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Follow These 4 Easy Steps To Effortlessly Transplant Your Roses And Maximize Their Beauty 

Follow These 4 Easy Steps To Effortlessly Transplant Your Roses And Maximize Their Beauty 

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If you’ve ever found yourself looking at your rose bush and thinking, “Hmm, maybe you’d look better over there“, you’re not alone. I recently decided to give my beloved roses a new spot in the garden, and to be honest, it was an adventure. 

Moving a rose bush isn’t just about digging it up and plopping it down somewhere else – it’s a delicate operation that requires some skill and a whole lot of love!

The first time I tried to transplant my roses, I was nervous but excited. All I had was my trusty spade and hope (if you have nothing else, you always have hope!). Spoiler alert: my roses not only survived but thrived in their new location!

No worries, I’ll gladly share with you my tips and tricks so you can give your roses a fresh start. All you have to do is… 

1. Wait Patiently Until The Time Is Right

The best time to transplant roses is in early spring or fall, so be patient!  

You’ll want to move your rose bush when there’s no risk of frost (trust me, cold weather is not for roses). From my experience, early spring is perfect, right before your roses break dormancy.

What if you need to move your precious flowers during the summer? Don’t worry, it’s doable – just aim for early summer to minimize the stress on your plant. 

While it may experience some transplant shock and appear a bit wilted or sad initially, this is normal. With proper care, it will bounce back once its roots are established in the new location.

One more tip: avoid moving roses in late fall or just before winter, otherwise they won’t have enough time to establish before the freezing temperatures kick in. 

Related: Master The Art Of Cultivating Climbing Roses And Watch Your Outdoor Space Blossom Beyond Limits

2. Prepare Your Roses For The Move

When moving roses, it’s crucial to prune them properly before transplanting. Trust me, this step makes a world of difference.

Grab your sharp secateurs (I love using these Felco pruning shears from Walmart) and get ready to move your roses. 

My go-to method is cutting the stems back to about 12 inches from the plant’s root ball. I know that it might seem a bit harsh, but it’s necessary. Pruning back old stems helps the rose bush focus on root growth and re-establishing itself in its new location. 

I remember feeling a bit hesitant the first time I did this, but it really helps your roses thrive in the long run.

Once the main stems are pruned, it’s a good idea to remove any foliage from the remaining stems so that the plant can develop strong roots. It might look a bit bare at first, but your roses will thank you later.

Another tip from my own gardening adventures: water your rose bush the day before you plan to move it. This is especially important if you’re transplanting in spring, when temperatures can rise quickly.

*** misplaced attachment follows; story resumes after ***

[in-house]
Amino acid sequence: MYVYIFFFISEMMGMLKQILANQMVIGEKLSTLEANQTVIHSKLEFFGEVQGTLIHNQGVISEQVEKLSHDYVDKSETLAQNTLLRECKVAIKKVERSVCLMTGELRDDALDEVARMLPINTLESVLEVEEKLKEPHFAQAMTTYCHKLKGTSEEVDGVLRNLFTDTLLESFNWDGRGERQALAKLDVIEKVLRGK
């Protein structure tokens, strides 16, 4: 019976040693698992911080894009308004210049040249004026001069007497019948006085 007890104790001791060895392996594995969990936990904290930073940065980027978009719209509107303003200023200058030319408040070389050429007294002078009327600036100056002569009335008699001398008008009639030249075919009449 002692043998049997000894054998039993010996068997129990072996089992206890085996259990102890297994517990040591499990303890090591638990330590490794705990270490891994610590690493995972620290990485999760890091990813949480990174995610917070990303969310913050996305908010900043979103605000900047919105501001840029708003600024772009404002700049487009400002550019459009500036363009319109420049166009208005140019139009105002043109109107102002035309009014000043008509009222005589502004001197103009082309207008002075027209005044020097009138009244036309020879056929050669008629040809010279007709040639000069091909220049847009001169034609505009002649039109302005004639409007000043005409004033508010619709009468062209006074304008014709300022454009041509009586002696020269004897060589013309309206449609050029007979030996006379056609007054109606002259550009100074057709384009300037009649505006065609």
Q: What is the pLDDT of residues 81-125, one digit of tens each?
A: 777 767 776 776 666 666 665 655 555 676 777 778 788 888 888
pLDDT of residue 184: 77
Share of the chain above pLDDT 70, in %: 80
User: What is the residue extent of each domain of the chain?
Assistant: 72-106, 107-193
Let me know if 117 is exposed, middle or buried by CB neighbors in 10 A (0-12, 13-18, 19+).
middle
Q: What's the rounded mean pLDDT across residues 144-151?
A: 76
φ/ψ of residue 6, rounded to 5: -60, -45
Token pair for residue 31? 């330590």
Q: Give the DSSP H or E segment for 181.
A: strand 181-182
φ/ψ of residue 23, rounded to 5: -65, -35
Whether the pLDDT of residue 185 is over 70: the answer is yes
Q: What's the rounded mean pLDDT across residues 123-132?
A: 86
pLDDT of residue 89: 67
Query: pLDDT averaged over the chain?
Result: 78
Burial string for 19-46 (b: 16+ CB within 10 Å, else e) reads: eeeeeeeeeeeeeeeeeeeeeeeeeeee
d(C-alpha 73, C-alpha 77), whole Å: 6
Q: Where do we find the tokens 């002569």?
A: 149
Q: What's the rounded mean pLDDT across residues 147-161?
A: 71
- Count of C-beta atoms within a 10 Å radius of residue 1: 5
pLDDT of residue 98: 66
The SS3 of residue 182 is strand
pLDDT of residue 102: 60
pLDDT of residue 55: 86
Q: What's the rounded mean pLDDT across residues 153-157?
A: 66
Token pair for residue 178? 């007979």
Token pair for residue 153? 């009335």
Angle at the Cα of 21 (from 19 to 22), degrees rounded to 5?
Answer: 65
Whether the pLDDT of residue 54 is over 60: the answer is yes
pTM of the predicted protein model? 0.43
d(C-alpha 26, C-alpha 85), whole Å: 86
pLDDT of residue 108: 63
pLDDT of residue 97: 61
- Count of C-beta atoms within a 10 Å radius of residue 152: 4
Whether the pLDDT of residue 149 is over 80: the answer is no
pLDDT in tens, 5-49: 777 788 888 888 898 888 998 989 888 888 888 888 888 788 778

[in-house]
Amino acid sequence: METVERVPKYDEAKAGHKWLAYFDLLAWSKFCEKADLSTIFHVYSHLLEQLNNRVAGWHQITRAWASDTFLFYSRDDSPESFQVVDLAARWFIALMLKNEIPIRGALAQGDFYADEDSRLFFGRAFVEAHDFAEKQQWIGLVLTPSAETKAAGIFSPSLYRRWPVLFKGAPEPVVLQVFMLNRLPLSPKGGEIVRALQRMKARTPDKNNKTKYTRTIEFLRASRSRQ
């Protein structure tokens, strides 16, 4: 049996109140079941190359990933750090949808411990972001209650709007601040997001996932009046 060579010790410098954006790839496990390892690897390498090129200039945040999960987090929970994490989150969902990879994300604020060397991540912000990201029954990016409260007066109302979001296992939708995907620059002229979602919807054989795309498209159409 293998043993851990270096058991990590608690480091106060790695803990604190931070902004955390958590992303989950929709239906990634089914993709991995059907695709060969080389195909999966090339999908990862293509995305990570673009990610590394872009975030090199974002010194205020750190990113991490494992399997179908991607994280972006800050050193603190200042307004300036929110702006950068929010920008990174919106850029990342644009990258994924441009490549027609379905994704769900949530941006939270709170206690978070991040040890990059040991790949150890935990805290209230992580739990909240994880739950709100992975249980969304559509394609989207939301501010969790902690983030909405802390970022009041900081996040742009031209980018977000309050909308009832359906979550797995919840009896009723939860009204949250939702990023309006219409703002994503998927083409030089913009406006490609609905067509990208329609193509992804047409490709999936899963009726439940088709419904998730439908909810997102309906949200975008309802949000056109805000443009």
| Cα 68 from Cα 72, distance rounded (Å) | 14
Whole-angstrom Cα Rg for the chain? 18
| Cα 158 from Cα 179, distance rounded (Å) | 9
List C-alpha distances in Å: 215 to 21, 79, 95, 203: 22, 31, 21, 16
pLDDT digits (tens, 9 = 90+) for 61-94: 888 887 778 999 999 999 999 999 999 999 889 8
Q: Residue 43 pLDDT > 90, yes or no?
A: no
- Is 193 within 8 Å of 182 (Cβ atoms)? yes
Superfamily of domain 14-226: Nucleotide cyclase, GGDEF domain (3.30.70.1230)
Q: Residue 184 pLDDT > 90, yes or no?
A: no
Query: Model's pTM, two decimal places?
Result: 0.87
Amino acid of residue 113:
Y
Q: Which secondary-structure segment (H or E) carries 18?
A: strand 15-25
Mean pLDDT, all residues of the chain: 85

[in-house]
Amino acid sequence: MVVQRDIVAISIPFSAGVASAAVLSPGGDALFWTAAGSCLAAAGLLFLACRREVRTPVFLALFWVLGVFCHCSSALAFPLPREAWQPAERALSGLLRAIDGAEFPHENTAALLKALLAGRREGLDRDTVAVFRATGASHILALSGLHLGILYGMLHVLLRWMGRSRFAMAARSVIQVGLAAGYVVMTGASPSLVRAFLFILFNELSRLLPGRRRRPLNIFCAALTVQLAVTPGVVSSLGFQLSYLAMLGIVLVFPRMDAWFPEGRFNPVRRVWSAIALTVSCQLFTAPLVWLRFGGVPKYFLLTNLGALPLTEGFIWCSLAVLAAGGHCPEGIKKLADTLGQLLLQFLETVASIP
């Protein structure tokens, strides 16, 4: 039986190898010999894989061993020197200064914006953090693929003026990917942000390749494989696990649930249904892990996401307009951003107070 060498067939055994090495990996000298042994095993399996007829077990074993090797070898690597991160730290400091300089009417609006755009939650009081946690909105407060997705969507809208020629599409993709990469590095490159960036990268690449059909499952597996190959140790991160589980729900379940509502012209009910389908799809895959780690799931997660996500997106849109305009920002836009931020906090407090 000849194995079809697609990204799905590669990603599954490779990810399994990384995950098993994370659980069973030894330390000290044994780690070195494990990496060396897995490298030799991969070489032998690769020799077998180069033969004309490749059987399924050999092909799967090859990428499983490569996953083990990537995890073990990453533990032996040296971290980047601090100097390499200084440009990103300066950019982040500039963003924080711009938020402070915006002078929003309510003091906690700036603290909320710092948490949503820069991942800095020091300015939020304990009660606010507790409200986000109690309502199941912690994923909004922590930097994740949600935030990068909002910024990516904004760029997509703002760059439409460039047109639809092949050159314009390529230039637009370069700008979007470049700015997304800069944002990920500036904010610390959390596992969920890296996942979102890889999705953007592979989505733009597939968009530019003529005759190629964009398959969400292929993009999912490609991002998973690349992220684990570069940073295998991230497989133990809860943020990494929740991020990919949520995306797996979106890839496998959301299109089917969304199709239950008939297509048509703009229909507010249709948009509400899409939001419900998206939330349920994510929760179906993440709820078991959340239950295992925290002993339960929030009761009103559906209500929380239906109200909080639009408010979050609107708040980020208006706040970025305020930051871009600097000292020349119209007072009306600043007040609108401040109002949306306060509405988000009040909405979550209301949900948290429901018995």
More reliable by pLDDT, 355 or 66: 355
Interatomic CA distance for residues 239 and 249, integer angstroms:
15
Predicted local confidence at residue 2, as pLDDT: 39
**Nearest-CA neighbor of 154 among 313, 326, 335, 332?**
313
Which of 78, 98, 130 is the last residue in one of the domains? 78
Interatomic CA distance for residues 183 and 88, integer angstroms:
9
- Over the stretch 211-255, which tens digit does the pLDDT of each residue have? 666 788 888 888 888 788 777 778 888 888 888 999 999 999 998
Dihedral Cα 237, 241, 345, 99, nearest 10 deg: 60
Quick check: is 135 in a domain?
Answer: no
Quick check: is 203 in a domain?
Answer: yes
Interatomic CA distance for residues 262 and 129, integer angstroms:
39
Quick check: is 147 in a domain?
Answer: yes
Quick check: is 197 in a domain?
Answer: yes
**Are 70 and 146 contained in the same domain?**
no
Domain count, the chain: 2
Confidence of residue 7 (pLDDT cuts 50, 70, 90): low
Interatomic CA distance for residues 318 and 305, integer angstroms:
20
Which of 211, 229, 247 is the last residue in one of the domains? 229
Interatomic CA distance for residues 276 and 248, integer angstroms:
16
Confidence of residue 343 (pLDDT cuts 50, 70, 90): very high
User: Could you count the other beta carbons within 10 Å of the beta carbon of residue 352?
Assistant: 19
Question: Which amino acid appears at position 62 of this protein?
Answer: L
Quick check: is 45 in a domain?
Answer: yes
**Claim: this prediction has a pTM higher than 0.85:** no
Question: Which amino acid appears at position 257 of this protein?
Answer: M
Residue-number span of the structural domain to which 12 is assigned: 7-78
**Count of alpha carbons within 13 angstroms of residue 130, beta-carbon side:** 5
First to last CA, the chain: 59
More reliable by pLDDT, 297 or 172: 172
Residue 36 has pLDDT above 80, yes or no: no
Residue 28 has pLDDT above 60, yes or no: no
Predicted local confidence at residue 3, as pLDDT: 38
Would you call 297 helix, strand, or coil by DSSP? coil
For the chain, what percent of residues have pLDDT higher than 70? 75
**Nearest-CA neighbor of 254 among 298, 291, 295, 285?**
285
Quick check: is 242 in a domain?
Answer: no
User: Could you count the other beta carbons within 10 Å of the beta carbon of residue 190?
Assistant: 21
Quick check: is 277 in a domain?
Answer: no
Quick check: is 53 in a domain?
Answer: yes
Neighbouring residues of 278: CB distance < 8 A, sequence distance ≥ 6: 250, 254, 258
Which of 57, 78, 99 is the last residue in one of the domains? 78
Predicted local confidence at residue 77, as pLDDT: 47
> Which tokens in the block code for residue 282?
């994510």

A well-hydrated rose handles the move much better and settles into its new spot with less stress.

3. Handle The Transition Professionally  

After preparing your rose by pruning it back and watering it the day before, it’s time to get your tools ready. 

Dig up your roses on a mild and dry day (try to lift as much of the plant’s root ball as possible). You could do a circle around the rose, and then switch between a spade and a fork to tease the roots. 

While it’s crucial to get as much of the root ball as possible, don’t stress if you have to cut a few roots that are too wide or deep. It’s all part of the process!

After you’ve lifted the rose bush, move it to its new location, ideally a spot where no roses have grown before. 

Then you should dig a slightly larger hole and add to it some fertilizer and soil rich in essential nutrients. 

I’ve found that bone meal, which you can get from Walmart, helps roses establish new roots easily.

After placing the rose bush in its new home, backfill the soil around it and water thoroughly. Avoid fertilization until some new foliage appears. 

For the first year, using fish fertilizer (also available from Walmart) can really boost the plant’s health as it settles into its new spot.

Also read: 5 Tips To Make Your Roses Last Longer

4. Take Good Care Of Your Roses Afterwards 

Now that you’ve successfully transplanted your roses, make sure to give them a deep soaking. Keep watering with 3 to 5 gallons of water once or twice a week (depending on the weather, of course). 

If the weather is hotter, you might need to water more; if you’ve had rain, you can cut back a bit. 

When I moved my roses last spring, consistent watering made all the difference. Once a month, give your roses a fish fertilizer when you are watering them. 

Don’t use any granular fertilizer because it can be super harmful to new roots that the plant is sending out. 

If you transplant in the spring, the plant should thrive in no time. This spring, I moved my ‘Cherry Parfait’ roses, and they’re doing fantastic! 

But if you transplanted in the summer, give it a few weeks to recover and be careful with your watering. 

I know that transplanting can be a bit tricky, but with the right care and attention, your roses will easily adjust to their new home. Remember, the key is to be patient and attentive to your roses’ needs as they are settling in. 

Good luck with everything and send some pics of your roses! 

Also read: Got Roses For Women’s Day? Use Them To Grow Completely New Plants!